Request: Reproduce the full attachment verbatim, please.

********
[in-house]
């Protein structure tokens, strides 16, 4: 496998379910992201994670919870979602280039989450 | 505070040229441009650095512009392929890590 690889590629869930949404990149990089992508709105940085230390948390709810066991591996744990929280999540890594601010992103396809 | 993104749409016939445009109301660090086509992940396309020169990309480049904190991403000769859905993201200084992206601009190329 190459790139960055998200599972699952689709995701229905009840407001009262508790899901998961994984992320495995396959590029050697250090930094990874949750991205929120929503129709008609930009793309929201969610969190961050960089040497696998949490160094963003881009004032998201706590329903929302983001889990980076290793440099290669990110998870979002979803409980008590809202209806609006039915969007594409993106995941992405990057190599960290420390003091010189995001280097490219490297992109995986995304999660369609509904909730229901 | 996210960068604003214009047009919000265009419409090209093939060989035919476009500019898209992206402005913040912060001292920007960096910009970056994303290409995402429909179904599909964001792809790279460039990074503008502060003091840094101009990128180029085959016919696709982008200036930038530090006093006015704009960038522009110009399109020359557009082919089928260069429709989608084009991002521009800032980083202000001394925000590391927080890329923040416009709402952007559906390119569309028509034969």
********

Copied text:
[in-house]
């Protein structure tokens, strides 16, 4: 496998379910992201994670919870979602280039989450 | 505070040229441009650095512009392929890590 690889590629869930949404990149990089992508709105940085230390948390709810066991591996744990929280999540890594601010992103396809 | 993104749409016939445009109301660090086509992940396309020169990309480049904190991403000769859905993201200084992206601009190329 190459790139960055998200599972699952689709995701229905009840407001009262508790899901998961994984992320495995396959590029050697250090930094990874949750991205929120929503129709008609930009793309929201969610969190961050960089040497696998949490160094963003881009004032998201706590329903929302983001889990980076290793440099290669990110998870979002979803409980008590809202209806609006039915969007594409993106995941992405990057190599960290420390003091010189995001280097490219490297992109995986995304999660369609509904909730229901 | 996210960068604003214009047009919000265009419409090209093939060989035919476009500019898209992206402005913040912060001292920007960096910009970056994303290409995402429909179904599909964001792809790279460039990074503008502060003091840094101009990128180029085959016919696709982008200036930038530090006093006015704009960038522009110009399109020359557009082919089928260069429709989608084009991002521009800032980083202000001394925000590391927080890329923040416009709402952007559906390119569309028509034969």